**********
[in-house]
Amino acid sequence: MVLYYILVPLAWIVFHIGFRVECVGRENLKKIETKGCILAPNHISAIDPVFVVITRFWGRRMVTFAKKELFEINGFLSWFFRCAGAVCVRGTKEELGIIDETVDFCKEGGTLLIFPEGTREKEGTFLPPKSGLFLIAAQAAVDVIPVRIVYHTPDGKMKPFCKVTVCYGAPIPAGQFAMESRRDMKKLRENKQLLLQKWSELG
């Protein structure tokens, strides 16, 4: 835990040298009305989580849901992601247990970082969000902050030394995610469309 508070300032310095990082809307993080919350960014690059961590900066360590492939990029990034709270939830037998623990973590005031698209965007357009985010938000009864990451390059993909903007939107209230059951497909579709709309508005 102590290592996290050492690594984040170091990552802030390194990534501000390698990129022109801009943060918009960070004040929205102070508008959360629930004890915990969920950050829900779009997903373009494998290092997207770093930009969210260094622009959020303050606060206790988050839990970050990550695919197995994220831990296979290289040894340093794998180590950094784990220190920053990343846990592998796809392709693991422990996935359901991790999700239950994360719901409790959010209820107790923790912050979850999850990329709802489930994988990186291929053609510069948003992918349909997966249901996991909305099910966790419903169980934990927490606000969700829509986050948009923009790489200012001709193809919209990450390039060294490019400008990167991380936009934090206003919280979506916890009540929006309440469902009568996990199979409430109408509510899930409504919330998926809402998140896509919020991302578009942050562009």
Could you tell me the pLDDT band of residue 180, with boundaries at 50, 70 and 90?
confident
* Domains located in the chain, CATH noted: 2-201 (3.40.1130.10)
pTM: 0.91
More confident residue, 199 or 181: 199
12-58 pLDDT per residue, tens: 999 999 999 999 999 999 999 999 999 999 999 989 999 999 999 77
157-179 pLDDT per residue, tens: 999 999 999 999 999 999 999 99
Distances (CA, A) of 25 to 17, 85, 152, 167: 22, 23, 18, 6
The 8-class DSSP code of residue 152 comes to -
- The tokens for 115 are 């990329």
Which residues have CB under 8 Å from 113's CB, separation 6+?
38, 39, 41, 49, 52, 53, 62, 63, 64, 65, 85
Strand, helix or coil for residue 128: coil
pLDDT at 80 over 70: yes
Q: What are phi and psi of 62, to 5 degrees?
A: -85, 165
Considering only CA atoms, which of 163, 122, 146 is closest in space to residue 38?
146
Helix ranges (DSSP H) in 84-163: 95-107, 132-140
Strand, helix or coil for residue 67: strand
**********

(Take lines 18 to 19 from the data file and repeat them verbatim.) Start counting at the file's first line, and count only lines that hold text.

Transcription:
Q: What are phi and psi of 62, to 5 degrees?
A: -85, 165